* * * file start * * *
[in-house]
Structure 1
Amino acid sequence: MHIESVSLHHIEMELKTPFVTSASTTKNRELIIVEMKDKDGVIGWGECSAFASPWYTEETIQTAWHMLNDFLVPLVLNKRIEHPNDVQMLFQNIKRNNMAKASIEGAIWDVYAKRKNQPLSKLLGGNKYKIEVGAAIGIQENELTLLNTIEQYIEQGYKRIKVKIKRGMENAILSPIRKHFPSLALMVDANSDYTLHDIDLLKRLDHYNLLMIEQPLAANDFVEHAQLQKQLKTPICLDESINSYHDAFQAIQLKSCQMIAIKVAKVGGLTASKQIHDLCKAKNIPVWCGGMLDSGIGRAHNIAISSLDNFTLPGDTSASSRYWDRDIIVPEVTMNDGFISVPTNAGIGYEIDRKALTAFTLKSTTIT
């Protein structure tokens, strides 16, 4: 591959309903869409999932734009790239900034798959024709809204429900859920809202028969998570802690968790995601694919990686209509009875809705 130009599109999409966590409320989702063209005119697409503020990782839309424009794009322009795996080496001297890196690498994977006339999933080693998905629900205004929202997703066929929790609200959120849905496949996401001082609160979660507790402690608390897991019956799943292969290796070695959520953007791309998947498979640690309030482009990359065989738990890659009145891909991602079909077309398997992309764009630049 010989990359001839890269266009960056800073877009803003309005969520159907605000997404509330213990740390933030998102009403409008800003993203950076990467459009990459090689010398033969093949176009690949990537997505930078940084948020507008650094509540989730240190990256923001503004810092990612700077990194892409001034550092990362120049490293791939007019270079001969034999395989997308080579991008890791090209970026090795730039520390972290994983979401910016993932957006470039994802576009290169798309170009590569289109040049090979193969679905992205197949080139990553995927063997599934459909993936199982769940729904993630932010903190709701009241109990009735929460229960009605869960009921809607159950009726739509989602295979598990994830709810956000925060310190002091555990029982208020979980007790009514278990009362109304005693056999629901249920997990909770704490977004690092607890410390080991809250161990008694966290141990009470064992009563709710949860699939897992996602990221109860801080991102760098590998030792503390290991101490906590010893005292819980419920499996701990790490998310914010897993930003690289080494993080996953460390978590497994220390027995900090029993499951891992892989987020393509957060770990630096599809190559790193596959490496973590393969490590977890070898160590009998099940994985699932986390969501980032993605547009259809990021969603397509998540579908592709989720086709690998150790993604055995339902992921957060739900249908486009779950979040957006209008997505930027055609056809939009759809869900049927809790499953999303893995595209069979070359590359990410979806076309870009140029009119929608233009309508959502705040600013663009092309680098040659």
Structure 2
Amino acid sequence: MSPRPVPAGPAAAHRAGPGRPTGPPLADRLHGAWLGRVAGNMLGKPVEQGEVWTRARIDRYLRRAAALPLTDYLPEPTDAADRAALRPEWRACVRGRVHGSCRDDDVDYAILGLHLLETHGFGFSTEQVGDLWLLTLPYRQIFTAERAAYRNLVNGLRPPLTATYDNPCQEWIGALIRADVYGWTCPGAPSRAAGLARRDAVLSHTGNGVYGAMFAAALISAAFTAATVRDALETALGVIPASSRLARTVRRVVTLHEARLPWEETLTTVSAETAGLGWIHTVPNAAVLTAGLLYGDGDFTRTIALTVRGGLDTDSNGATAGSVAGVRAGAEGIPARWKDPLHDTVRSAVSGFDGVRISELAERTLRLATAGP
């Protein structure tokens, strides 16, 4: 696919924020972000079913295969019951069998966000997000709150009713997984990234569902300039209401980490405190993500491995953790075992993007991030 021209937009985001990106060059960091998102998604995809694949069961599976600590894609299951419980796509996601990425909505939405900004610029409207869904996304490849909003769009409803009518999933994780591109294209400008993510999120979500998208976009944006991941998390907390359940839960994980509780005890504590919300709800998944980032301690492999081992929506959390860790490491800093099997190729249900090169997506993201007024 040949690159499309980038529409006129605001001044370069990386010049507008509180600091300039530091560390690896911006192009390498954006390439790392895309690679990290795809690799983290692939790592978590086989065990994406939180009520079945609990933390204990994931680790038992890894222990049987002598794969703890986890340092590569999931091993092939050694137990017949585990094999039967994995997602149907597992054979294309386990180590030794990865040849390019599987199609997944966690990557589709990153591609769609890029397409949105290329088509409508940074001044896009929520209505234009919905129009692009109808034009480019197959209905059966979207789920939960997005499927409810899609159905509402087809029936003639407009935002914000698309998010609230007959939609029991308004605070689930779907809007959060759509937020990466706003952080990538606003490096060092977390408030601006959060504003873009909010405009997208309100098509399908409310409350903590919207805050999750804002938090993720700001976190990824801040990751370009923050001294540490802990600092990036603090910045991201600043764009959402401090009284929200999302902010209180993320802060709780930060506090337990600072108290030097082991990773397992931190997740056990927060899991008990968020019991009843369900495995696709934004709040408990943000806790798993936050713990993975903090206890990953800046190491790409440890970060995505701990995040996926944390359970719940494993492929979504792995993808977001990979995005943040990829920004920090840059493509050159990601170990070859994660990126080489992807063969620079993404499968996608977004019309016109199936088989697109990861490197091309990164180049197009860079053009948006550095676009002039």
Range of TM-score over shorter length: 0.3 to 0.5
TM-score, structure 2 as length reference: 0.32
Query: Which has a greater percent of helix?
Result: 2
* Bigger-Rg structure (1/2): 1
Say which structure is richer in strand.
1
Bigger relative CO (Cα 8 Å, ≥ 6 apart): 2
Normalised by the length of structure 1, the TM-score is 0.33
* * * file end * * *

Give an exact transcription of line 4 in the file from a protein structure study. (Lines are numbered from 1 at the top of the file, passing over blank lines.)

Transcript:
């Protein structure tokens, strides 16, 4: 591959309903869409999932734009790239900034798959024709809204429900859920809202028969998570802690968790995601694919990686209509009875809705 130009599109999409966590409320989702063209005119697409503020990782839309424009794009322009795996080496001297890196690498994977006339999933080693998905629900205004929202997703066929929790609200959120849905496949996401001082609160979660507790402690608390897991019956799943292969290796070695959520953007791309998947498979640690309030482009990359065989738990890659009145891909991602079909077309398997992309764009630049 010989990359001839890269266009960056800073877009803003309005969520159907605000997404509330213990740390933030998102009403409008800003993203950076990467459009990459090689010398033969093949176009690949990537997505930078940084948020507008650094509540989730240190990256923001503004810092990612700077990194892409001034550092990362120049490293791939007019270079001969034999395989997308080579991008890791090209970026090795730039520390972290994983979401910016993932957006470039994802576009290169798309170009590569289109040049090979193969679905992205197949080139990553995927063997599934459909993936199982769940729904993630932010903190709701009241109990009735929460229960009605869960009921809607159950009726739509989602295979598990994830709810956000925060310190002091555990029982208020979980007790009514278990009362109304005693056999629901249920997990909770704490977004690092607890410390080991809250161990008694966290141990009470064992009563709710949860699939897992996602990221109860801080991102760098590998030792503390290991101490906590010893005292819980419920499996701990790490998310914010897993930003690289080494993080996953460390978590497994220390027995900090029993499951891992892989987020393509957060770990630096599809190559790193596959490496973590393969490590977890070898160590009998099940994985699932986390969501980032993605547009259809990021969603397509998540579908592709989720086709690998150790993604055995339902992921957060739900249908486009779950979040957006209008997505930027055609056809939009759809869900049927809790499953999303893995595209069979070359590359990410979806076309870009140029009119929608233009309508959502705040600013663009092309680098040659």